During Bethanie’s sophomore year of high school, a biology teacher with amazing energy, Mr. Shu, ignited her passion for biology. “He was very creative with his assignments and activities,” recalled Bethanie. “It was in his class, learning about cell respiration, that I realized how much I enjoyed molecular biology.”
Bethanie entered Ohio State University thinking she could study biology and become the medical doctor her mother had hoped she would be. Then she met Dr. Sarah Ball. Dr. Ball taught biology for majors and her interest and energy were contagious. “I talked with Dr. Ball about her path to teaching, thought about my interests and comfort with public speaking and decided I would pursue teaching biology at the college level.” Bethanie began looking for graduate programs that would lead to a doctorate because she believed it would give her the requisite credentials to teach at the college level. Not exactly the kind of doctor her mother had in mind, but she was pursuing her passion.
When she began exploring her options, Bethanie discovered the Louis Stokes Alliance for Minority Participation (LSAMP), a program designed to increase the number of STEM baccalaureate and graduate degrees awarded to historically underrepresented populations in the STEM disciplines. She narrowed her search to schools that partnered in the LSAMP and landed at the University of Illinois Chicago in their Bridge to Doctorate program. She immersed herself in her studies and research, but the desire to teach kept tugging at her. It tugged so hard that she switched to the master’s program and became a teaching assistant with the goal of becoming a community college instructor. “Teaching gave me joy every day,” said Bethanie. “I began shadowing professors at the City Colleges to learn more. That was when one of them suggested I look at job opportunities at Harper.”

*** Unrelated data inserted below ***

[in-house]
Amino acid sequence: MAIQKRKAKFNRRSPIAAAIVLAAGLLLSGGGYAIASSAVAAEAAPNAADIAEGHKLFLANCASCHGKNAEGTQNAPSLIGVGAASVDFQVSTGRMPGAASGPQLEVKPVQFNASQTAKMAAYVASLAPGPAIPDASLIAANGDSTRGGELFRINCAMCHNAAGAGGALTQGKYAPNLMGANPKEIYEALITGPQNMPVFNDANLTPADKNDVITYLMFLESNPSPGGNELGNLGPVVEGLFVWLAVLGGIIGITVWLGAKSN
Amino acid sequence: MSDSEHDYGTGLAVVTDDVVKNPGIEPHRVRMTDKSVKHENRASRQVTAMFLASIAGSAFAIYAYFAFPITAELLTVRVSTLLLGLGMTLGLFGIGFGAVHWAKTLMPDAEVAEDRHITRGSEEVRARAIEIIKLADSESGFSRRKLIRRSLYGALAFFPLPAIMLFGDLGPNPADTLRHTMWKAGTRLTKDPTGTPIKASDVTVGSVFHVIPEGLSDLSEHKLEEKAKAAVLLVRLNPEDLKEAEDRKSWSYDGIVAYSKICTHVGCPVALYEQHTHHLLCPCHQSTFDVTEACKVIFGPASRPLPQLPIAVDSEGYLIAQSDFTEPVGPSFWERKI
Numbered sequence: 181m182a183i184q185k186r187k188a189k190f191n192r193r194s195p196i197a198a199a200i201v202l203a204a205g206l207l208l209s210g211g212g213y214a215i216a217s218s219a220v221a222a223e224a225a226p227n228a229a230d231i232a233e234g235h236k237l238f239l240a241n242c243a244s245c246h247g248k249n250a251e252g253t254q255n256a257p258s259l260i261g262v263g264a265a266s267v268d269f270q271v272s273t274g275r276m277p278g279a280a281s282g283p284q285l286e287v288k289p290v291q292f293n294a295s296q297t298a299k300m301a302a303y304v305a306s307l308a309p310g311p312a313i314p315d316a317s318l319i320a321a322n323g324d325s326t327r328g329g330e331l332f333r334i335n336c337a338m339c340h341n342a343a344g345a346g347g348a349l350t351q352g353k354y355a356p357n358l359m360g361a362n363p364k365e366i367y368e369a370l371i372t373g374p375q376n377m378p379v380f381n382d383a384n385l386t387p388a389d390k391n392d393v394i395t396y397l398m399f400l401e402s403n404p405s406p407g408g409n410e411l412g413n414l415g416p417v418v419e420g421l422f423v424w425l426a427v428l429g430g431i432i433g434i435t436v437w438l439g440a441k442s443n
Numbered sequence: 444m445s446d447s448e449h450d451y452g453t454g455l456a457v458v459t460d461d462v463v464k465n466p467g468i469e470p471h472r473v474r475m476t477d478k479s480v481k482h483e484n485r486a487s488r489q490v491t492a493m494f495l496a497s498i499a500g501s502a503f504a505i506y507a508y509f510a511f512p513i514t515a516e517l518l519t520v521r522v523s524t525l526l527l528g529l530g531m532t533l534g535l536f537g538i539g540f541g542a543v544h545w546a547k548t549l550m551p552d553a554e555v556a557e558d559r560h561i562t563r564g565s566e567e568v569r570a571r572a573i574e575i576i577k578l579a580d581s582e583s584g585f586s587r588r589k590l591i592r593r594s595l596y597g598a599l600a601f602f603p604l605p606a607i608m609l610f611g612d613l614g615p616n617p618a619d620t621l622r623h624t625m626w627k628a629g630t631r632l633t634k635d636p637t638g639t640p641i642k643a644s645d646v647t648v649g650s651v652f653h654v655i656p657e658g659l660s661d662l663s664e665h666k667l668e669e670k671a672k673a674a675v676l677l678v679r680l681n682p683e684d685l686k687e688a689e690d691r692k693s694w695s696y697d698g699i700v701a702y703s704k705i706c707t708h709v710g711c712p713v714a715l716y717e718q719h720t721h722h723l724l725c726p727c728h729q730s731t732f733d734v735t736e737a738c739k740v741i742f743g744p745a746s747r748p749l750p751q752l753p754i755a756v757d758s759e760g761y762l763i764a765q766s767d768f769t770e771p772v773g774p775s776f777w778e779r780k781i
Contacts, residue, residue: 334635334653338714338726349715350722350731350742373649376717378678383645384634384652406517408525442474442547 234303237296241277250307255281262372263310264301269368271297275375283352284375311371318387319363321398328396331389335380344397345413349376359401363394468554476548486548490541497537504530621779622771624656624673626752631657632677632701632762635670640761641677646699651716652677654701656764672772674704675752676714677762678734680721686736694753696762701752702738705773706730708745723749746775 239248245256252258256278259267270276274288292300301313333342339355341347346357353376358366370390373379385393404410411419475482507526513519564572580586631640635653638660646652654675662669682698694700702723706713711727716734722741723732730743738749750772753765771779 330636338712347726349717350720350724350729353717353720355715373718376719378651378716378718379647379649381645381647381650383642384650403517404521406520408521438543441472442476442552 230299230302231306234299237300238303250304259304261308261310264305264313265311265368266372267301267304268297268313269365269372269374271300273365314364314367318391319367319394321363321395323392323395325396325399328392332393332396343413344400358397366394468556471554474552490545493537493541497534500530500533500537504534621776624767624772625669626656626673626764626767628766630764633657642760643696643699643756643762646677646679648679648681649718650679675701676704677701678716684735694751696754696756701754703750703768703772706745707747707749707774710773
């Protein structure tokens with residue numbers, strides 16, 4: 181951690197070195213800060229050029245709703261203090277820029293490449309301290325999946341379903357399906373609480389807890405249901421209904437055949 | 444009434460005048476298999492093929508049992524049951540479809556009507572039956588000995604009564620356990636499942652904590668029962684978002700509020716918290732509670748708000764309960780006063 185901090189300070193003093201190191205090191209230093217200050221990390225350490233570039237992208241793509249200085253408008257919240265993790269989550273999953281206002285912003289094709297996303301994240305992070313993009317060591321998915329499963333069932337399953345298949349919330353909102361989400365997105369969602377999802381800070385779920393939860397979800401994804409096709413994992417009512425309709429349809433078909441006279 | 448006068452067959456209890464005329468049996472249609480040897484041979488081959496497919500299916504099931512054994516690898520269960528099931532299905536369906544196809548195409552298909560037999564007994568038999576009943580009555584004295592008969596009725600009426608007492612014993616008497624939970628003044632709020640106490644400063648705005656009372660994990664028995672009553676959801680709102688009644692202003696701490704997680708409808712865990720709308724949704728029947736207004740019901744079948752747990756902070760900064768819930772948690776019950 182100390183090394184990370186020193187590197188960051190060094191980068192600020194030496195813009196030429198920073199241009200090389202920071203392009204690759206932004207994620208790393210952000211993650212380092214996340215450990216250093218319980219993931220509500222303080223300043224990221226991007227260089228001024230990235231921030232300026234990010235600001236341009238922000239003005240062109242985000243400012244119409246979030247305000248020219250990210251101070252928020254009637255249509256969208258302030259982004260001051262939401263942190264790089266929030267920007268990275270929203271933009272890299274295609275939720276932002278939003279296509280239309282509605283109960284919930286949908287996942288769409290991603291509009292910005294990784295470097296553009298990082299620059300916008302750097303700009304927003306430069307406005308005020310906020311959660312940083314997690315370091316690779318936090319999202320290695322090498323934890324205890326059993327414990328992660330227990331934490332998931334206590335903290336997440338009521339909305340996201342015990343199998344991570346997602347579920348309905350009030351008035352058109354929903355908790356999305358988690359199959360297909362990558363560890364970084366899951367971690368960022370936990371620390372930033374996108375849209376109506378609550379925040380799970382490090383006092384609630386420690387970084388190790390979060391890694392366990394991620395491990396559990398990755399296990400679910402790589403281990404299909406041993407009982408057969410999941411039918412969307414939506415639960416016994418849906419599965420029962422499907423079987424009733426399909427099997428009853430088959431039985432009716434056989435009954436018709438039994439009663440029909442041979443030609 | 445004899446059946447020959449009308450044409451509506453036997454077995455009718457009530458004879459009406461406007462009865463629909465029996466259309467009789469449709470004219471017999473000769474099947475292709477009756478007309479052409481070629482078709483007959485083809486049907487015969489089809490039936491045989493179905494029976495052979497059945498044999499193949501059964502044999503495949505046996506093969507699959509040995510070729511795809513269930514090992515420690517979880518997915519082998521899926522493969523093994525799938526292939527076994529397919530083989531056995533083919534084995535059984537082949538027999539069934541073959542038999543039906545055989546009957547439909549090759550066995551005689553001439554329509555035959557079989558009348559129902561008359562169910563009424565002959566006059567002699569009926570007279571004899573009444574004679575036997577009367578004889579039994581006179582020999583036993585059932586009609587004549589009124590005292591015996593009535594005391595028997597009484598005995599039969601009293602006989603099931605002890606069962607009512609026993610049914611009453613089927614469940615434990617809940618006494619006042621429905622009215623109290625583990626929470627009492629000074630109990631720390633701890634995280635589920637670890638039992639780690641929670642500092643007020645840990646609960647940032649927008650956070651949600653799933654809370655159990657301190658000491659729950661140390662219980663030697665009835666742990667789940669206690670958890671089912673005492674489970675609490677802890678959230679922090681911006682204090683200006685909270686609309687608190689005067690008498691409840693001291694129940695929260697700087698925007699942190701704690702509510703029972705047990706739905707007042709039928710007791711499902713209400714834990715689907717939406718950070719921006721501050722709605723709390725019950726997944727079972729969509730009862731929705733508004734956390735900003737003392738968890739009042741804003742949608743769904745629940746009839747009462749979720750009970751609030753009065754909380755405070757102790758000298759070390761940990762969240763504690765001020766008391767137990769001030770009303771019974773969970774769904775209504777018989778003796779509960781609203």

Harper’s Diverse Faculty Fellow program was a perfect fit. It offers up to two years of teaching experience supported by mentoring and insight into how community colleges are structured. As a Faculty Fellow, Bethanie has a content mentor, an academy mentor and a DREAM mentor. She also meets regularly with Pearl Ratunil, Special Assistant to the President for Diversity and Inclusion, and her department’s interim dean, Kimberly Polly. “Having only taught as a peer-educator and teaching assistant, this program eases me into a full-time faculty position by starting me out with a smaller class load and providing me with resources to learn about planning my own lectures, activities, projects and exams. It has been a very smooth transition.”
Bethanie joined Harper this fall and the first class she is teaching is Biology 101 for non-majors. When not in class, she is soaking up the community college experience by sitting in on Shared Governance meetings, attending the Assessment Conference and taking advantage of the many other learning opportunities offered on campus. Bethanie shared the following thoughts about Harper and teaching at a community college, the Faculty Fellows program, and a little more about who she is.
Now that you have gotten to know Bethanie virtually, stop by her office in Building Z, Room Z215, to meet her in person, introduce yourself and welcome her to Harper.
Learn more about the Diverse Faculty Fellow program.